Tomoko Fujii1, Yuichi Ohnishi1*, Masahiro Watanabe2, Hiroyuki Hamada1, Masahiro Nakajima1
1Second Department of Oral and Maxillofacial Surgery, Osaka Dental University, Chuo-ku, Japan
2Department of Dentistry and Oral Surgery, Osaka Red Cross Hospital, Osaka-shi, Japan
*Corresponding author: Yuichi Ohnishi, Second Department of Oral and Maxillofacial Surgery, Osaka Dental University, Chuo-ku, Japan. Tel: +81728562111; Email: firstname.lastname@example.org
Received Date: 31 March, 2018; Accepted Date: 07 April, 2018; Published Date: 17 April, 2018
Peripheral ameloblastoma is a tumor that develops in the gingival epithelium or the alveolar bone surface. The most common subtype is acanthomatous ameloblastoma, whilst the rarest is granular cell ameloblastoma, which has no known cases reported in the literature. The present study describes the case of a 31-year old male who was referred to the Second Department of Oral and Maxillofacial Surgery, Osaka Dental University (Osaka, Japan) in December 2003, presenting with gingival swelling at the labial surface of the lower left cuspid. The lesion was similar in appearance to a papilloma with a granular surface, and was clinically diagnosed as a benign gingival tumor. A biopsy was performed and subsequent histopathological examination suggested a diagnosis of ameloblastoma. In February 2004, marginal resection of the mandible was performed under general anesthesia. Histopathological analysis indicated that the mass was an alveolar lesion containing abundant granular cells, with no tumor invasion into the mandible noted. Therefore, the final diagnosis was confirmed as granular cell ameloblastoma. The post-operative course of the patient was uneventful, and there has been no recurrence for 14 years’ post-surgery. A number of benign oral mucosal lesions have been identified to be associated with several types of human papillomavirus (HPV). The present study therefore utilized commercially available HPV DNA to confirm the presence of HPV.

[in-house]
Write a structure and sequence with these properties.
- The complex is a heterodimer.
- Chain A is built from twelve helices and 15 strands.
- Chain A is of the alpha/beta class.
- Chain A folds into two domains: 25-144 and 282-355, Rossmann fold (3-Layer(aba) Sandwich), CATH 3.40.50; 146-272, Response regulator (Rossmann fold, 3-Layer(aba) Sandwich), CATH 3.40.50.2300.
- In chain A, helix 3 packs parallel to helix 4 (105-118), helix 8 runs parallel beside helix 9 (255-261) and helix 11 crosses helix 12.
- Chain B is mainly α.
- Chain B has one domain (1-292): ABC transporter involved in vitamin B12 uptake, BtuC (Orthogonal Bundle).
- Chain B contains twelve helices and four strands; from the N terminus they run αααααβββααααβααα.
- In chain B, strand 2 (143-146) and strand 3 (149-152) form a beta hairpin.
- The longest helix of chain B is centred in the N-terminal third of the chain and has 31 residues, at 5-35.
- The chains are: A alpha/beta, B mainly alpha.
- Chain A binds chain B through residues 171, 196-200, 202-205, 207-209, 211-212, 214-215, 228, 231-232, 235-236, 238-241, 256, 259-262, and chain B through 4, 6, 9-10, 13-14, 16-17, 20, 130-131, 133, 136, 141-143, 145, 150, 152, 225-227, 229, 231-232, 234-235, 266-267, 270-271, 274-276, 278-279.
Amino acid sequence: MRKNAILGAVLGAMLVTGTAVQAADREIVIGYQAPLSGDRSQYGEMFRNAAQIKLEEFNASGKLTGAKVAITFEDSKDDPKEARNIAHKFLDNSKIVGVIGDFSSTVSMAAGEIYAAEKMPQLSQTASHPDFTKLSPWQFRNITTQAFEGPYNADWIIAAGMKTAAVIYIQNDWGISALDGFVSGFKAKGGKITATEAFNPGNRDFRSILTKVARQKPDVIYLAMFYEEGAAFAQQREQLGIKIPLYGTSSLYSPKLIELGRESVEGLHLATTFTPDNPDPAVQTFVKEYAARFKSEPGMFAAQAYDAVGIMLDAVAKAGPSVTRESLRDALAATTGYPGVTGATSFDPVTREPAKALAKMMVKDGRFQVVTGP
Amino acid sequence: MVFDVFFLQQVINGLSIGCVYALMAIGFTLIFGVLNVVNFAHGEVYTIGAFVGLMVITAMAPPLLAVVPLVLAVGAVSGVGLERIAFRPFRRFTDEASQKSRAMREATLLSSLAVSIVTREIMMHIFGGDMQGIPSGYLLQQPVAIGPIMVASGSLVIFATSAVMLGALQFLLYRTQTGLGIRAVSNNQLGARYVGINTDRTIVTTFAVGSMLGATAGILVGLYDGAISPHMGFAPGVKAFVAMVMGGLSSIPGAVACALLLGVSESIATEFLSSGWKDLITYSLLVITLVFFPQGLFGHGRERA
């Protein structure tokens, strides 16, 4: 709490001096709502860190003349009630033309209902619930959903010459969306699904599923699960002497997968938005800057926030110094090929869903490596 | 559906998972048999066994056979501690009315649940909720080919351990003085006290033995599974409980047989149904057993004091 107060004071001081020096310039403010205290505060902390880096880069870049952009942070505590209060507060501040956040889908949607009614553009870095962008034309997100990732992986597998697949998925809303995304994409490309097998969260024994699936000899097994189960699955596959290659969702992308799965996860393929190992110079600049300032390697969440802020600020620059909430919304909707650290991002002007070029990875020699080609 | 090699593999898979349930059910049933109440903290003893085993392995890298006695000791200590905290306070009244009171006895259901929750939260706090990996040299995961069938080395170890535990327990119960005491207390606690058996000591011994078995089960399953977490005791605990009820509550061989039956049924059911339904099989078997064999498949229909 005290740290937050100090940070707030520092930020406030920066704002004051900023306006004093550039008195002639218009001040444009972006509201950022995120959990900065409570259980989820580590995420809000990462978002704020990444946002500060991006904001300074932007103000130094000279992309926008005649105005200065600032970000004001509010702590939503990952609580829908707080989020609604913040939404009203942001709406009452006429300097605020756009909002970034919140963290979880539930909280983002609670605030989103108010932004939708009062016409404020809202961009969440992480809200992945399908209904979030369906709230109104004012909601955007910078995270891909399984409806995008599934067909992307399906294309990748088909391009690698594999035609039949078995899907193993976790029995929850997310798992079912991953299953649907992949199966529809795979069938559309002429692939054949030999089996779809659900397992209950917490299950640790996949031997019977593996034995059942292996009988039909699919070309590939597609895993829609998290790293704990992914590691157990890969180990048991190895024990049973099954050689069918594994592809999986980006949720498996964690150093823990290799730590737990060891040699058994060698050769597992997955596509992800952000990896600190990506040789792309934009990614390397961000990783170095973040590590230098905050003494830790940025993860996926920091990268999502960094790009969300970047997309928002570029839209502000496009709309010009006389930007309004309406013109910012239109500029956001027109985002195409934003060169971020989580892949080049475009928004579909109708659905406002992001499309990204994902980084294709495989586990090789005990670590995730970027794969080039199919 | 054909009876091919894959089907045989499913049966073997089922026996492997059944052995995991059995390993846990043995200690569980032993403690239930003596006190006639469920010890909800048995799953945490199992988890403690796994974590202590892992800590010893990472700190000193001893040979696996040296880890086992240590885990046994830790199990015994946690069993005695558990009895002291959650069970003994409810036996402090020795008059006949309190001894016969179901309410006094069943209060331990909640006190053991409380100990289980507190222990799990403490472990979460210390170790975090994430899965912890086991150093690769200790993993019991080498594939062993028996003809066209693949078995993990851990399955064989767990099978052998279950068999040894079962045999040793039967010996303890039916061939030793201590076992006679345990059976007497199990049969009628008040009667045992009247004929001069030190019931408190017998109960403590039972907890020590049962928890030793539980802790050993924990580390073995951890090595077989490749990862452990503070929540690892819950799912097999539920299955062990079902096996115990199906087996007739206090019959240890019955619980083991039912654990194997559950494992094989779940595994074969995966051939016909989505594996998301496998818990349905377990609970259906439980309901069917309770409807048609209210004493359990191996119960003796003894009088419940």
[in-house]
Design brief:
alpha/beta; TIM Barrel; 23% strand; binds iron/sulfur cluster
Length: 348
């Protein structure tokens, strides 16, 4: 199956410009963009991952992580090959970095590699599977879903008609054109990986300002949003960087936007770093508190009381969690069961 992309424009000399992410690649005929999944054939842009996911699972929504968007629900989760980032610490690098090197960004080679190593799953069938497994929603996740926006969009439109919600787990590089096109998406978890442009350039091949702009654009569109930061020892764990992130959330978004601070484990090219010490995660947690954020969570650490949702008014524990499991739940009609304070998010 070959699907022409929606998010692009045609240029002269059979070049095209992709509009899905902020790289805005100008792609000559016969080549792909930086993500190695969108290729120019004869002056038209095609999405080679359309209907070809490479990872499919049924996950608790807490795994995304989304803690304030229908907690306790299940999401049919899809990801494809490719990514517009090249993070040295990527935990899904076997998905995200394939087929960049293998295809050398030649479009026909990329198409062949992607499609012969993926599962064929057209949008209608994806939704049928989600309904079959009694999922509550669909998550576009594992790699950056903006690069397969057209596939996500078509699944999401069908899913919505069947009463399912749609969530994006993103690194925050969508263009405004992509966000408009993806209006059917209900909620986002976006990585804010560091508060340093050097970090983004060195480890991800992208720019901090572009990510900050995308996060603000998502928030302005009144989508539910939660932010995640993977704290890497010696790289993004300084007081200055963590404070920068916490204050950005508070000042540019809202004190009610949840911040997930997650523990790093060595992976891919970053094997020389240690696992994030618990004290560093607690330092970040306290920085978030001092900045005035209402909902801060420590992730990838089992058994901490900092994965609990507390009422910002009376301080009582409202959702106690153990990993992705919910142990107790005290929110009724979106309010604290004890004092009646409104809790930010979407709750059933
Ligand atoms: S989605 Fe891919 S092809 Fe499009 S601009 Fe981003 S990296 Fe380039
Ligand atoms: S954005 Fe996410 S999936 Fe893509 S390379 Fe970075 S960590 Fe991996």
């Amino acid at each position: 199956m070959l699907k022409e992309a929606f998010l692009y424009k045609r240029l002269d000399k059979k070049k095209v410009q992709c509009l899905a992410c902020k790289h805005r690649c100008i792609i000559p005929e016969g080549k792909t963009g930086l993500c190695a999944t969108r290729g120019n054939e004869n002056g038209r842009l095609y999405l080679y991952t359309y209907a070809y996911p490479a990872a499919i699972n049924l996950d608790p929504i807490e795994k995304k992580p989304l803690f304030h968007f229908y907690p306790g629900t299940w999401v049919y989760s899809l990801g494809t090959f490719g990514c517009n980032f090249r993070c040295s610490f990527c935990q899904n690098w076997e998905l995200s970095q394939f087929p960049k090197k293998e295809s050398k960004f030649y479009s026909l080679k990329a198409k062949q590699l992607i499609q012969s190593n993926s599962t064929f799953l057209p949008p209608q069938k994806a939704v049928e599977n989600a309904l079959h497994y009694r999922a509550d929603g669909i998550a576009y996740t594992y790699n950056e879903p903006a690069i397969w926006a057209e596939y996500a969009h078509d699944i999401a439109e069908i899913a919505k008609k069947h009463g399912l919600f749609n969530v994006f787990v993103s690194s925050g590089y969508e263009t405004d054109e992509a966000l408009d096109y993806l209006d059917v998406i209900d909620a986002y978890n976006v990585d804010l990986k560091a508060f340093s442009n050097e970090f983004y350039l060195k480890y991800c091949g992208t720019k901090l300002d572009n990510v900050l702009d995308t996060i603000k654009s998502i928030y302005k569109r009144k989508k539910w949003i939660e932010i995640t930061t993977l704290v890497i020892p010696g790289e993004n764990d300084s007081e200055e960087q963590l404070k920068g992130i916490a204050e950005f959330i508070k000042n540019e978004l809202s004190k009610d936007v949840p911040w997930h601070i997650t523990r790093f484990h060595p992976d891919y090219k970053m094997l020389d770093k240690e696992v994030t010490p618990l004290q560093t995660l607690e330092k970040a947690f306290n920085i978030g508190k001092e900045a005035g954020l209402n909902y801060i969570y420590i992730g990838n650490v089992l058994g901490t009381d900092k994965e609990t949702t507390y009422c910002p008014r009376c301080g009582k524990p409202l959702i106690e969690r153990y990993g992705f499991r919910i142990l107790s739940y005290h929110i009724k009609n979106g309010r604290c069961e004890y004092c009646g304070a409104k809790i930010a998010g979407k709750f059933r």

2. Keywords: Granular Cell Type; Odontogenic Tumor; Peripheral Ameloblastoma
Ameloblastoma is a tumor of tooth germ epithelial origin; it is generally known to be a tumor of the jawbone, and rarely occurs in the soft tissue [1,2]. Peripheral Ameloblastoma (PA) is a tumor that develops in the gingival epithelium or the alveolar bone surface [3,4]. The most common is subtype is acanthomatous ameloblastoma , whilst granular cell ameloblastoma is the rarest, with no known reported cases in the literature until now.
It has been demonstrated that a number of benign oral mucosal lesions are associated with several types of Human Papillomavirus (HPV) [5-8]. The current study utilized commercially available HPV DNA to confirm the presence of HPV in a rare case of granular cell ameloblastoma. The primary aim of the study was to present a rare case of PA and determine the type(s) of HPV that are associated with this granular cell subtype, and to discuss the implications with regard to etiology if the disease.
2. Clinical Case Report
A 31-year-old male was referred to the Second Department of Oral and Maxillofacial Surgery, Osaka Dental University (Osaka, Japan) in December 2004, presenting with gingival swelling at the labial surface of the lower left cuspid. The lesion, measuring 5 x 7 mm in size, was similar in appearance to a papilloma, and was clinically diagnosed as a benign tumor (Figure 1). Radiographically examination revealed bone resorption in the tumor regions (Figure 2). A biopsy was performed and subsequent histopathological examination resulted in the updated diagnosis of ameloblastoma (Figure 3). In February 2004, a marginal resection of the mandible was performed under general anesthesia. Histopathological analysis of the resected tissue indicated that the mass was an alveolar lesion containing abundant granular cells, with no tumor infiltration into the mandible noted. Therefore, the final diagnosis was confirmed as granular cell ameloblastoma (Figure 4). The post-operative course of the patient was uneventful, and there has been no recurrence for 14 years’ post-surgery.